Having seen both my boys, I wanted to see my daughter Sarah in Seattle on my way back to the CDT and somehow found myself running in a half marathon with her from UW to the Seahawks stadium downtown.

Meanwhile I’ve been watching CDT NOBO progress on social media and trying to figure out the logistics of getting back to the trail.  I am going to fly to Denver and take a Greyhound south.  I will skip (temporarily) a chunk of trail rather than try to get all the expensive way back to New Mexico.  There’s still a bunch of snow, but reportedly most of the south faces have melted so hopefully my microspikes, Whippet (combo hiking stick and light duty ice axe) and neoprene  socks will be good enough.  We’ll see. I’ve got a bounce box to mail up the trail with other clothing and gear I may want to switch out with.

Seward Sealife Center, AK: me, my sis Annie, Ashlee, son Chris, Dan
Chris on Flat Top, Chugach Range, AK
My sister Dogwater, son Chris, and his partner Ashlee top of the tram, Alyeska Ski Resort, AK
Winner Creek Trail, Girdwood, AK
Ashlee, Dogwater, Chris
Chris, friend Trevor, Ashlee at the Girdwood Brewery
Shredder on the moose horns
Bear at Portage Wildlife Center, AK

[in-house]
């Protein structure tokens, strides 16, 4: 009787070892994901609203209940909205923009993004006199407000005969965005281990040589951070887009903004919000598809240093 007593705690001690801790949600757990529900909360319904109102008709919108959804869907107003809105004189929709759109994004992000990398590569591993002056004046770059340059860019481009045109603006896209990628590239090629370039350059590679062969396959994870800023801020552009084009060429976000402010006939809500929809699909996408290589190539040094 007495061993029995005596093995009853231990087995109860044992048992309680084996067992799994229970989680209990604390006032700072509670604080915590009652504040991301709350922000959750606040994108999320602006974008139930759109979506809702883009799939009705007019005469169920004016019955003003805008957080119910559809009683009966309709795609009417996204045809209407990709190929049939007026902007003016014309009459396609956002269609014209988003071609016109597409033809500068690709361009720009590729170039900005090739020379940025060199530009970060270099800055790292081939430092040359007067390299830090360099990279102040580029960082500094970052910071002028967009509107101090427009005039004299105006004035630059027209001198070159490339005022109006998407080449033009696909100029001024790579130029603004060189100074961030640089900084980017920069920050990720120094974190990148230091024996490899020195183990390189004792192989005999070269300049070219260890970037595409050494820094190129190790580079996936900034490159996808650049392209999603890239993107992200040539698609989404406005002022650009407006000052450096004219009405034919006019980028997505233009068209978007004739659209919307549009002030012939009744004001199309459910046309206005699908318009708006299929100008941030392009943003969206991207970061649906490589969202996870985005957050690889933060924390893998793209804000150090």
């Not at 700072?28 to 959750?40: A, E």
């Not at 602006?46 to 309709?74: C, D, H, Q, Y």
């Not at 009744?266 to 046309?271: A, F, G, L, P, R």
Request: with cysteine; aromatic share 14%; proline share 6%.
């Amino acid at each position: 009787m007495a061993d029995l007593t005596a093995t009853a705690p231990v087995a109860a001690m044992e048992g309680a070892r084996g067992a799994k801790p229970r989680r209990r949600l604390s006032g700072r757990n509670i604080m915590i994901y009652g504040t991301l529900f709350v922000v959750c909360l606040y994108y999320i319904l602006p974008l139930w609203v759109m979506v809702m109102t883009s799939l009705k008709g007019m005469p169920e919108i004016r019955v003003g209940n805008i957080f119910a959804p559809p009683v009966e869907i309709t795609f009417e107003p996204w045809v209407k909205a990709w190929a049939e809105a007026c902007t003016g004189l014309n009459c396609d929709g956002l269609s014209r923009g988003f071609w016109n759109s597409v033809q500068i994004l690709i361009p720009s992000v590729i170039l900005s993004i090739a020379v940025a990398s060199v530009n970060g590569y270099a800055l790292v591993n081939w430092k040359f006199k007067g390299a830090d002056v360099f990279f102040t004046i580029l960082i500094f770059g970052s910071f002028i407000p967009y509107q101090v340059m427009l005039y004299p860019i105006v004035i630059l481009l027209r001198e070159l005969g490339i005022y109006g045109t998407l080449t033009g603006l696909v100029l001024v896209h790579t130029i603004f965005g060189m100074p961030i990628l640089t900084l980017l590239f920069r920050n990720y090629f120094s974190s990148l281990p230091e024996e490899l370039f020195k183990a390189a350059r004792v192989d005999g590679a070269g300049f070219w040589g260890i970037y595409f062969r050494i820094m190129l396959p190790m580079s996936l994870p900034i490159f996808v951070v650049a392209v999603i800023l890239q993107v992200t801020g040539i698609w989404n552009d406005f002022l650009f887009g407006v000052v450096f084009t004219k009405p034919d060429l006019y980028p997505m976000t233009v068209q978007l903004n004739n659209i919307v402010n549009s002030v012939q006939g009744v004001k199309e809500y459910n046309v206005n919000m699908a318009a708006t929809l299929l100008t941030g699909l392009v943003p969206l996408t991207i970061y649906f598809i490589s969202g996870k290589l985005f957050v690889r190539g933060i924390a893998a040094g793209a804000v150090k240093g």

Grimm, Ashlee, Chris, me, Dogwater on the trail to Fort McGilvray
Resurrection Bat, AK
Grimm and Chris in the water taxi, Resurrection Bay
Resurrection Bay
Resurrection Bay


Cuba to Ghost Ranch 54 miles


5/26 The Subway says it opens at 7 for breakfast so we dropped our keys in the motel box and walked, arriving just past 7. Wefound that the doors were open but the woman was still setting up. It took till 7:30 for her to be ready and she said coffee wouldn’t finish brewing until noon. Deal breaker. We got take-out sandwiches for the trail and I grumpily made the Ravens backtrack to McD’s for breakfast and coffee. We didn’t start hiking the highway out of Cuba and the 15 miles of uphill until 8:30.

The trail got into trees.  There was plenty of snow in the shade under their protection. Nothing steep so the open areas were full of melt, all marshy and muddy. Out of the barren mesas into the lovely forests, spruce and pine, facing east and northeast, a little intro into what’s ahead. It wasn’t a hard day, but wet, cold feet can take their toll. Mama feels bad that I “had to put up with” her family. Really? After my meltdown this morning over no coffee at Subway? But I think it’s because Mama thinks she lost her patience when Joon had a mini hissy fit when it became apparent that she couldn’t keep feet dry in the umpteenth marsh we had to navigate. Mom guilt! It’s a trap! Anyway we camped at the top of all the climbing on dry ground and no wind. And I heard the usual wonderful sound of the kids laughing in their tent as the light faded from the sky. I love this family.  The day is done, tomorrow we go downhill to start with.